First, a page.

Although I was a Minnesota Vikings fan then, I admired Starr and I told him so. In my 10-year-old handwriting, I told him he was my favorite player, but I liked the Vikings the best of all. Looking back, I realize that was like someone writing New York Yankees outfielder Joe DiMaggio and telling him that his favorite team was the Red Sox.
It was blaspheme, I know. But I was a kid. And maybe that was what inspired him to write back. I guess the collectors’ craze wasn’t what it is today; people weren’t begging for autographs just to sell them later and make a small profit. He knew the request was from a real kid. An adult wouldn’t have been that stupid to tell Starr that his favorite team was Starr’s bitter rival.
I included a small 5x7 index card and a stamped envelope with my address on it and sent it off, hoping.
I’d forgotten about the letter that winter. Spring came and, as the snow melted from the northern Minnesota landscape, our thoughts turned to baseball.
Then one day in late July, the postman slid several letters through our mail slot. I recognized the handwriting on one letter. It was mine. It was the envelope with my printed scrawl that I had included when writing him.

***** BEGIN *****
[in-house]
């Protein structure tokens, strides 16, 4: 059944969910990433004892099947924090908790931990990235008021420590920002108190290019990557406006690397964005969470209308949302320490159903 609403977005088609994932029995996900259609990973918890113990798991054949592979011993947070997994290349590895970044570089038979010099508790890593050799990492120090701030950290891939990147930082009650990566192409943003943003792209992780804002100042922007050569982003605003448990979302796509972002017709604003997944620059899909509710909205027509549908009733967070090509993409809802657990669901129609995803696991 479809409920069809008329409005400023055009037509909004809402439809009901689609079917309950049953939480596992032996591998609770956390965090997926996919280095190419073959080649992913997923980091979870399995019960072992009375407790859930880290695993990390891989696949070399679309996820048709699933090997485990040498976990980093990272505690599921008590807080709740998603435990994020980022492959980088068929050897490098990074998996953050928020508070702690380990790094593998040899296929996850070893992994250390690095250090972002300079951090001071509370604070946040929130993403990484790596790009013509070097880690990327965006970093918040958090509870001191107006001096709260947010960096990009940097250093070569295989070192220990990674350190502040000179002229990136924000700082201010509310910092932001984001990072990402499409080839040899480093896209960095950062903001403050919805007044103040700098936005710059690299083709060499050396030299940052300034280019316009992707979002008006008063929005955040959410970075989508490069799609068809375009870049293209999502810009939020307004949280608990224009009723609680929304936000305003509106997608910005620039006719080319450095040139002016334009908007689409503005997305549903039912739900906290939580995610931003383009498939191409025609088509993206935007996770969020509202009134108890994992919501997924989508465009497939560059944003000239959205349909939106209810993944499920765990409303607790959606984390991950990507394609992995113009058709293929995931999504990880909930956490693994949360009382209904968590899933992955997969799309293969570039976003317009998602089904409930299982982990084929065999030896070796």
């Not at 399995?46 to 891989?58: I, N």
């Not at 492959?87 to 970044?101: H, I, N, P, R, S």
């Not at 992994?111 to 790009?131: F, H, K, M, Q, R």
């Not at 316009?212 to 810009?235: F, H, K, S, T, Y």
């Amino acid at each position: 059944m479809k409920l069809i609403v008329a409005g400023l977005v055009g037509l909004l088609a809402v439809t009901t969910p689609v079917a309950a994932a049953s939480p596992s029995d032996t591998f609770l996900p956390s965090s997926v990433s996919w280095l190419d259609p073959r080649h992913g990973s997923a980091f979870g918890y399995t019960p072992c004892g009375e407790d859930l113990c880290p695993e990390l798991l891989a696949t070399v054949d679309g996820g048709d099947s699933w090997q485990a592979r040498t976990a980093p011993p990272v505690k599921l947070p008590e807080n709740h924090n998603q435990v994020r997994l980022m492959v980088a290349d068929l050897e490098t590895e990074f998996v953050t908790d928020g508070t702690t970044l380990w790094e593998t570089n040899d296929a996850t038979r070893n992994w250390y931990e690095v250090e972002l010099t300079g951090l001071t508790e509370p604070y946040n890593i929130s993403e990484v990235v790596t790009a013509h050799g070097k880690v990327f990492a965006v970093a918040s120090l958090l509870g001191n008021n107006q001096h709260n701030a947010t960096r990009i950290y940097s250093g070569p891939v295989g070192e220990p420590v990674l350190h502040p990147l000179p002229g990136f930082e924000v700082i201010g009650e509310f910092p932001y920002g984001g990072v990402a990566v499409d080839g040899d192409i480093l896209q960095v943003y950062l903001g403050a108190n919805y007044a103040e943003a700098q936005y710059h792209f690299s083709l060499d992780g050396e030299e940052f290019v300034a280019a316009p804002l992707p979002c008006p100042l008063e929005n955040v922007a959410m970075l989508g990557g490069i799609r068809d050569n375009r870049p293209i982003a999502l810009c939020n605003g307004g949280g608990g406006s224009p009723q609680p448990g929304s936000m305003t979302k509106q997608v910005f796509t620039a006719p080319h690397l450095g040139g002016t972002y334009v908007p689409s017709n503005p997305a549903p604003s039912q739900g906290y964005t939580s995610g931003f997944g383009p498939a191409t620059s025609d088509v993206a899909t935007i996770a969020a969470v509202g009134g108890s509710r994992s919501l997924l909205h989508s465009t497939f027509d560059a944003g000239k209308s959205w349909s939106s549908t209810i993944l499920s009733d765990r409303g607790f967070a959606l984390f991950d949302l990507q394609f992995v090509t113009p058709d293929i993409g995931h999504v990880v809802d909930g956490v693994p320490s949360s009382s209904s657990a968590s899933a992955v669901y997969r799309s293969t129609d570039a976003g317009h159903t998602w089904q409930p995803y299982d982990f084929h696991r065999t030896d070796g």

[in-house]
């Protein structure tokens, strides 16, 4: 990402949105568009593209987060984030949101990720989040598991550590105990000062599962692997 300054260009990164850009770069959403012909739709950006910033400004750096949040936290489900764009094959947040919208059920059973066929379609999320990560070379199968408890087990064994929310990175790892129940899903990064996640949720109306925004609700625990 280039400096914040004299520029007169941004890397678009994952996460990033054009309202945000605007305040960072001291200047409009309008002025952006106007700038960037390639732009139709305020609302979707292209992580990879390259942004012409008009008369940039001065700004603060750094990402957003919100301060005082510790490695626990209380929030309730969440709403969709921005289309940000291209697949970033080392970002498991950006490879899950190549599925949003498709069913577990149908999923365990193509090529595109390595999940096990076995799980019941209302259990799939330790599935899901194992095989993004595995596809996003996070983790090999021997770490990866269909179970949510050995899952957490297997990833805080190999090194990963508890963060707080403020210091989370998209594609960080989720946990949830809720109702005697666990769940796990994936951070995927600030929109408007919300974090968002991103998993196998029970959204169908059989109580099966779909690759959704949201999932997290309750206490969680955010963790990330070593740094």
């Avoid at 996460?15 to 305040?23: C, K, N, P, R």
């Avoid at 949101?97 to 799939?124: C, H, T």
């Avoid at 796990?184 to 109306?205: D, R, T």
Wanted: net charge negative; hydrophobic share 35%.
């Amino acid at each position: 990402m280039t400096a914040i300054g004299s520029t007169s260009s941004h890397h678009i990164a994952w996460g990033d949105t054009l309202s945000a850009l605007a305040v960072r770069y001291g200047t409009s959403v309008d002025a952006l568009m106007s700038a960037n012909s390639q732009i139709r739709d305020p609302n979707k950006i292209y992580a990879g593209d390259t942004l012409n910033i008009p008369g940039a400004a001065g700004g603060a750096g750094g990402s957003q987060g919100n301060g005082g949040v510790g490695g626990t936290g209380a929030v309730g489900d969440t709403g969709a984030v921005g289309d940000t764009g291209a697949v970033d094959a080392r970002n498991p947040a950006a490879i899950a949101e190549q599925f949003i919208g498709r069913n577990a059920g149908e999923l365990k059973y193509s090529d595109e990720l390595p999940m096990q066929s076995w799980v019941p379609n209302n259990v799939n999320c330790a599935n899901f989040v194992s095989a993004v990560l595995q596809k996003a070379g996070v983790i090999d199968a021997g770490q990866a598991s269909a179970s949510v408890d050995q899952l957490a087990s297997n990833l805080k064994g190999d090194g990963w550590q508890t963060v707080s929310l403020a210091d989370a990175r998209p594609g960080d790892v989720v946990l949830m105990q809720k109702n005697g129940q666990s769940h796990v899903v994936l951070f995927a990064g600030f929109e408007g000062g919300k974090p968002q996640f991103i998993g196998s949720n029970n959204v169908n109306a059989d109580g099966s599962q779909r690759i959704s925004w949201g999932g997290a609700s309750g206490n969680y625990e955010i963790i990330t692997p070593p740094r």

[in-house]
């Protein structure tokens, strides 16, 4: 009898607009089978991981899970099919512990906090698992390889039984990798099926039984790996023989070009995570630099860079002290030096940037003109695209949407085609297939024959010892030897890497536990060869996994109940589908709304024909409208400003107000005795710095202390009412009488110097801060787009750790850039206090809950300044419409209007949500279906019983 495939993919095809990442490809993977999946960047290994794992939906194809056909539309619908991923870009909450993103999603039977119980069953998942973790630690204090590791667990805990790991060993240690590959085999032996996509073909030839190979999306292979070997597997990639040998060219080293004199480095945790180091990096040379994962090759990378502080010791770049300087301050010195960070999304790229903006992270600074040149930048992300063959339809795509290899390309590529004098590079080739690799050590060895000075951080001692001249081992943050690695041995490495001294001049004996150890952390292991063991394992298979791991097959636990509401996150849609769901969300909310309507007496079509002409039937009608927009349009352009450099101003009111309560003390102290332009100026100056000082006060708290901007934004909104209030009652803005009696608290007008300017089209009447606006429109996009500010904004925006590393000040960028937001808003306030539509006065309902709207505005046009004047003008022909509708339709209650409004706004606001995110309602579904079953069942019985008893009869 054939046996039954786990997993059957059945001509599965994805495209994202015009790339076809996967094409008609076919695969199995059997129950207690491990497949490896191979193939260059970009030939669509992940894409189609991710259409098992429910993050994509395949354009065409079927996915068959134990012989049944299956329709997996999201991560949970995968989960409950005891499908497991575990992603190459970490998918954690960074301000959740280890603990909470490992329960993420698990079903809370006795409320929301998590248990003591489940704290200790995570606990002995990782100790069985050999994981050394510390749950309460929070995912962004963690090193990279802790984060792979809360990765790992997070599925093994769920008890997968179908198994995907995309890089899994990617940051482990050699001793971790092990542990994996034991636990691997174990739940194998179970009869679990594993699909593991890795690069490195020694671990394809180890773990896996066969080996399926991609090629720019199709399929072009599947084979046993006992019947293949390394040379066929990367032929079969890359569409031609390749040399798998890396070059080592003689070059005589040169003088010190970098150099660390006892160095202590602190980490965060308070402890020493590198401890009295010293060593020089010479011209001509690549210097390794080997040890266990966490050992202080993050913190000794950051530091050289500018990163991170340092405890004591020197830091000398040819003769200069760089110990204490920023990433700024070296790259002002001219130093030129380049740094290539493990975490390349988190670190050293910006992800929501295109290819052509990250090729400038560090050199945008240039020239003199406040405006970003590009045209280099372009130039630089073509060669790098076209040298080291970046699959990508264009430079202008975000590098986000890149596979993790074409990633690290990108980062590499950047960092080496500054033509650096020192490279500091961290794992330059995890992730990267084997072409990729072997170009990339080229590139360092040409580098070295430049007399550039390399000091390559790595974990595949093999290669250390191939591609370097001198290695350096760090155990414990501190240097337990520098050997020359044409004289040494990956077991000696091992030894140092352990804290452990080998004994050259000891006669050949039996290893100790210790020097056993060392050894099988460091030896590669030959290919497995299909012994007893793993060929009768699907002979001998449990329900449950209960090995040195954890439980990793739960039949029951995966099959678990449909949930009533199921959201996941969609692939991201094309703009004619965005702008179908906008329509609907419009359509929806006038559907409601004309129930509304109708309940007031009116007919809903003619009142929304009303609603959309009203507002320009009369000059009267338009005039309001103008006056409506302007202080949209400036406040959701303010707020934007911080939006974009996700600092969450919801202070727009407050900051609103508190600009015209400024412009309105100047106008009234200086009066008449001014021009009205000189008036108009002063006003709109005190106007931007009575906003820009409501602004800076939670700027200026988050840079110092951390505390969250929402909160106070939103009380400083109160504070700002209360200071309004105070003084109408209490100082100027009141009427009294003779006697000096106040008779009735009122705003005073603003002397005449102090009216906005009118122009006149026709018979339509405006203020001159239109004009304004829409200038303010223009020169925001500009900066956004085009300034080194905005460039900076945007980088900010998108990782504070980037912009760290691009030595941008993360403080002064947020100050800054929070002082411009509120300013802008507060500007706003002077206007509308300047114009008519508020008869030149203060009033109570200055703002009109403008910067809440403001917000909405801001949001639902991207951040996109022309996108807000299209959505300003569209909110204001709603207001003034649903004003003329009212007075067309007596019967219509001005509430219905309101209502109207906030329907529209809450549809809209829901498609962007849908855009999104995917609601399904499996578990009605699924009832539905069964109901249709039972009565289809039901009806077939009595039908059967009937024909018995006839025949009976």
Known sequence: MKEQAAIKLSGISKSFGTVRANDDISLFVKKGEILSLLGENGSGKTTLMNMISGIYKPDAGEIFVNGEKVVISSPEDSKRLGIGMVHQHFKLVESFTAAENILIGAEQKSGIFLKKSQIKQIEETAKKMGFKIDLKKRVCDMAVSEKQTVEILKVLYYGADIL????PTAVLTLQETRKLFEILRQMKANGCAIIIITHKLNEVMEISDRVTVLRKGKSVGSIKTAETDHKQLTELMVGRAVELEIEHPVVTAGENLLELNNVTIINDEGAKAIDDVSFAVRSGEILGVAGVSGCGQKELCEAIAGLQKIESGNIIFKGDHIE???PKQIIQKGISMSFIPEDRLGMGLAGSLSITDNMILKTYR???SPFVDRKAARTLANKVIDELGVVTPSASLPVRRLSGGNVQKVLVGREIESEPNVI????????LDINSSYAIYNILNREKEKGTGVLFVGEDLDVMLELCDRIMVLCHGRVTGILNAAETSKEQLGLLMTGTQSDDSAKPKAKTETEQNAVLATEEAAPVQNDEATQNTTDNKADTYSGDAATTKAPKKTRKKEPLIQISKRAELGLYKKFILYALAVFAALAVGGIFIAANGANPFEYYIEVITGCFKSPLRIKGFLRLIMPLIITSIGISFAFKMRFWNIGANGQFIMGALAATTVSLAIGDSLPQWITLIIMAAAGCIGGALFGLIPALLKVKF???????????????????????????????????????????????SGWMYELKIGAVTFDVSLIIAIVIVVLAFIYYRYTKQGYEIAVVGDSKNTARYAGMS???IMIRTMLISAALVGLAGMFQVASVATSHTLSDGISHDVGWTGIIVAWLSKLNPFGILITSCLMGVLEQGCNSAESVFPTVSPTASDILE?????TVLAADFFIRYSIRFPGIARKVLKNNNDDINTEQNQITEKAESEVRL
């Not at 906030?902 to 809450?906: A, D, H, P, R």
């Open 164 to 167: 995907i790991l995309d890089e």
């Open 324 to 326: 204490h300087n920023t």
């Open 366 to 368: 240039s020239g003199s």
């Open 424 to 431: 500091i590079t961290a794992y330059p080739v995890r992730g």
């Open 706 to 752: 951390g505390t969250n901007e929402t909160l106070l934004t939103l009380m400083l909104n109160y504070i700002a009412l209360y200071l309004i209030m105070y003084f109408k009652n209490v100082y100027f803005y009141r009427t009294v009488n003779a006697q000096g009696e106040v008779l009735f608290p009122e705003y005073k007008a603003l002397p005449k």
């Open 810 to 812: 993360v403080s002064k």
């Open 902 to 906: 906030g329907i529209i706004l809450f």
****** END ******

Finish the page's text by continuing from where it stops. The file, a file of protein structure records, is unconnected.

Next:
Bart Starr wrote back.
He signed the index card and added a “thank you” on a separate piece of paper.
I placed the card by the Packer’s page in my 1971 NFL Official Record Book that my father bought for me. and I looked at it throughout the 1971 season.
In 1998, my mother passed away suddenly and in the aftermath of cleaning out her house, I found a box full of my old sports books that had been there for years. I sorted through them and found the 1971 NFL Official Record Book.
“Surely not,” I thought as I opened the book and turned to the Green Bay page.
But there, between the Detroit and Green Bay pages, was the card. It remained pressed, preserved in that book for 27 years. The card was more ivory now than white, aged over time.
But the name was legible and crisp.
By 1998, autograph collecting had become more of a business than an innocent child’s enjoyment and hope. I don’t think I could write to players now, at least those with the star caliber of a Starr, and expect an autograph in return.
I saw in a collector’s magazine several years ago that a Starr autograph sold for $35. It was projected to raise to $60 if he died and I was saddened. There are people out there who are waiting for Bart Starr to die so their autographs will gain value. I also realized that the art of writing to players and asking for autographs is over. It would be futile now in a world that hopes for Hall of Famers’ deaths merely to make a few more bucks.
I hope Bart Starr never dies. I don’t care about the increase in value of my autograph. Finding that card in the box of books in 1998 was worth more than any monetary value.
I have the book sitting by me now. I’m looking at the card and now, 41 years after receiving it, the value of it means so much more than money.